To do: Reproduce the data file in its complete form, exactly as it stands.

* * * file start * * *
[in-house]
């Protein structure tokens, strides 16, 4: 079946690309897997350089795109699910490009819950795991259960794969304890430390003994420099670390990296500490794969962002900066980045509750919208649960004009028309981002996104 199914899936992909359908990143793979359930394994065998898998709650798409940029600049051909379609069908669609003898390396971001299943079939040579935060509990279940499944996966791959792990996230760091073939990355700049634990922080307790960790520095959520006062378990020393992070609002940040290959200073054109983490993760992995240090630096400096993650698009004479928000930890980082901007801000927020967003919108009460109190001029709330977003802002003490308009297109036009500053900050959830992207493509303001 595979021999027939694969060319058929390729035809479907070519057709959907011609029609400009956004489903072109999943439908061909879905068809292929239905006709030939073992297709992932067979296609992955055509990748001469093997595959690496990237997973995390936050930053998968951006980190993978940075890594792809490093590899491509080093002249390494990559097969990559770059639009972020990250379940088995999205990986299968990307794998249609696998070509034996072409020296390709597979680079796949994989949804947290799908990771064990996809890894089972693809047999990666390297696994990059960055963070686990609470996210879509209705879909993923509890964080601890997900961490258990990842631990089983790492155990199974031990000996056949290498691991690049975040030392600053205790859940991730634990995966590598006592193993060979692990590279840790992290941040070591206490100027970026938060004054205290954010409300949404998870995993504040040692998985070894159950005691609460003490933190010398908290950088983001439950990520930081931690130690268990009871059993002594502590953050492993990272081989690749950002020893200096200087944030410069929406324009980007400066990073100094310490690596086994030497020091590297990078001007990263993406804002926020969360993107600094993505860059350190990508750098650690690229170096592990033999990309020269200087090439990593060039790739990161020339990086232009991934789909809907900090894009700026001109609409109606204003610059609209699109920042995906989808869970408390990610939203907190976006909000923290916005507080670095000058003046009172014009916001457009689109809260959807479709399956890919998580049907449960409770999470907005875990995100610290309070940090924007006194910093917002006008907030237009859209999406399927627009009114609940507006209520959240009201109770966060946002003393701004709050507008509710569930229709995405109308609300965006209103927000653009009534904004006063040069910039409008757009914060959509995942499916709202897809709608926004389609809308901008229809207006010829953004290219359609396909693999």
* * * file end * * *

[in-house]
């Protein structure tokens, strides 16, 4: 079946690309897997350089795109699910490009819950795991259960794969304890430390003994420099670390990296500490794969962002900066980045509750919208649960004009028309981002996104 199914899936992909359908990143793979359930394994065998898998709650798409940029600049051909379609069908669609003898390396971001299943079939040579935060509990279940499944996966791959792990996230760091073939990355700049634990922080307790960790520095959520006062378990020393992070609002940040290959200073054109983490993760992995240090630096400096993650698009004479928000930890980082901007801000927020967003919108009460109190001029709330977003802002003490308009297109036009500053900050959830992207493509303001 595979021999027939694969060319058929390729035809479907070519057709959907011609029609400009956004489903072109999943439908061909879905068809292929239905006709030939073992297709992932067979296609992955055509990748001469093997595959690496990237997973995390936050930053998968951006980190993978940075890594792809490093590899491509080093002249390494990559097969990559770059639009972020990250379940088995999205990986299968990307794998249609696998070509034996072409020296390709597979680079796949994989949804947290799908990771064990996809890894089972693809047999990666390297696994990059960055963070686990609470996210879509209705879909993923509890964080601890997900961490258990990842631990089983790492155990199974031990000996056949290498691991690049975040030392600053205790859940991730634990995966590598006592193993060979692990590279840790992290941040070591206490100027970026938060004054205290954010409300949404998870995993504040040692998985070894159950005691609460003490933190010398908290950088983001439950990520930081931690130690268990009871059993002594502590953050492993990272081989690749950002020893200096200087944030410069929406324009980007400066990073100094310490690596086994030497020091590297990078001007990263993406804002926020969360993107600094993505860059350190990508750098650690690229170096592990033999990309020269200087090439990593060039790739990161020339990086232009991934789909809907900090894009700026001109609409109606204003610059609209699109920042995906989808869970408390990610939203907190976006909000923290916005507080670095000058003046009172014009916001457009689109809260959807479709399956890919998580049907449960409770999470907005875990995100610290309070940090924007006194910093917002006008907030237009859209999406399927627009009114609940507006209520959240009201109770966060946002003393701004709050507008509710569930229709995405109308609300965006209103927000653009009534904004006063040069910039409008757009914060959509995942499916709202897809709608926004389609809308901008229809207006010829953004290219359609396909693999």